If the print is positive, i.e. the normally dark areas, such as the hair, the eyes or the mouth, are more or less solidly inked, the inked areas will appear light when illuminated by ultraviolet radiation while the light areas free of ink, such as the cheeks, the forehead and the chin, will appear dark. In other words, a positive imprint in invisible ink will give a negative picture when viewed under ultraviolet radiation. A readily identifiable, positive picture can be had only if the imprint is negative so that the hair and other naturally dark areas remain free or relatively free of invisible ink while the like facial features are inked more or less heavily so that they fluoresce and appear light when exposed to ultraviolet light.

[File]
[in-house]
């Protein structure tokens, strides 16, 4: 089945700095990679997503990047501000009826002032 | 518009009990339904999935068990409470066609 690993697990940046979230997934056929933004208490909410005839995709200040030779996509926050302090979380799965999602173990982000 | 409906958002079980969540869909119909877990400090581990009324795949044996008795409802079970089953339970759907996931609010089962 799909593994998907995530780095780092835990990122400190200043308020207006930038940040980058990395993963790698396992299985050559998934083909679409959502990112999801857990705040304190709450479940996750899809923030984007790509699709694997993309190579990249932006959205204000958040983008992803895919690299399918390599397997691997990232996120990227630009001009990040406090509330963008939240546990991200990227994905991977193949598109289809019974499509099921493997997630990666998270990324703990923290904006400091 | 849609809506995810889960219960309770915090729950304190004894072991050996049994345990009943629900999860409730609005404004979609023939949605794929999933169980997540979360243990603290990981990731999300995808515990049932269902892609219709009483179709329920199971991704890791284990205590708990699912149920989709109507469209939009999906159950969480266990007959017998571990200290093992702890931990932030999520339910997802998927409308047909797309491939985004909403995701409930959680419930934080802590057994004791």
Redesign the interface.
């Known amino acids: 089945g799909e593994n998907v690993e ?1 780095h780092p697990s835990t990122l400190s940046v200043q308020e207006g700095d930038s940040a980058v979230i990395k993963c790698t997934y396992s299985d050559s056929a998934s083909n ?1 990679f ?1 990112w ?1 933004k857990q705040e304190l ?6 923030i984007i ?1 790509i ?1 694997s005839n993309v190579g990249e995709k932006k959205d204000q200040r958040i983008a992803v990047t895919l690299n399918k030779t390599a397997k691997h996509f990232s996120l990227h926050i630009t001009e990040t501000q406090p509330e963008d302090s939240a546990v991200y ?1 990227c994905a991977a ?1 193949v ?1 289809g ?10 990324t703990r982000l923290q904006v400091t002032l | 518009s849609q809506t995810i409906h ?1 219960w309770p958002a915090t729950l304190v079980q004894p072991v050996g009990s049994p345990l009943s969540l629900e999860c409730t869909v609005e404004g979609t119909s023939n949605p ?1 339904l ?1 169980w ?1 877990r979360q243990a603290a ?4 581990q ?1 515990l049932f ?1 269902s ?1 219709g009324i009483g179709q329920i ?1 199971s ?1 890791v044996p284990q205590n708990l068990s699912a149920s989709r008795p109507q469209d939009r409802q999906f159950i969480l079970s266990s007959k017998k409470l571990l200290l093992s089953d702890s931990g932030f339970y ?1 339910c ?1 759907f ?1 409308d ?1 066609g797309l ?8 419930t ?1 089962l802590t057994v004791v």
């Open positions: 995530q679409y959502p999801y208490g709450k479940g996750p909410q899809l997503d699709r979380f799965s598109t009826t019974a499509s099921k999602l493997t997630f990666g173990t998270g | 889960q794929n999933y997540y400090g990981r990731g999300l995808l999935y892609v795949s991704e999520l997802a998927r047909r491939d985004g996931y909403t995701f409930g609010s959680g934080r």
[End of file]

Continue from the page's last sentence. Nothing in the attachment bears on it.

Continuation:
The above and other advantages and features of the present invention will be more fully understood with reference to the following detailed description of a preferred embodiment thereof, taken in conjunction with the drawing wherein FIG. 1 is a top view of a check carrying in the lefthand corner a negative portrait, together with other identifying data;
FIG. 2 is a view similar to that of FIG. 1, showing a positive portrait under ultraviolet light; and
FIG. 3 shows a light box containing an ultraviolet light source for viewing the check of FIG. 1.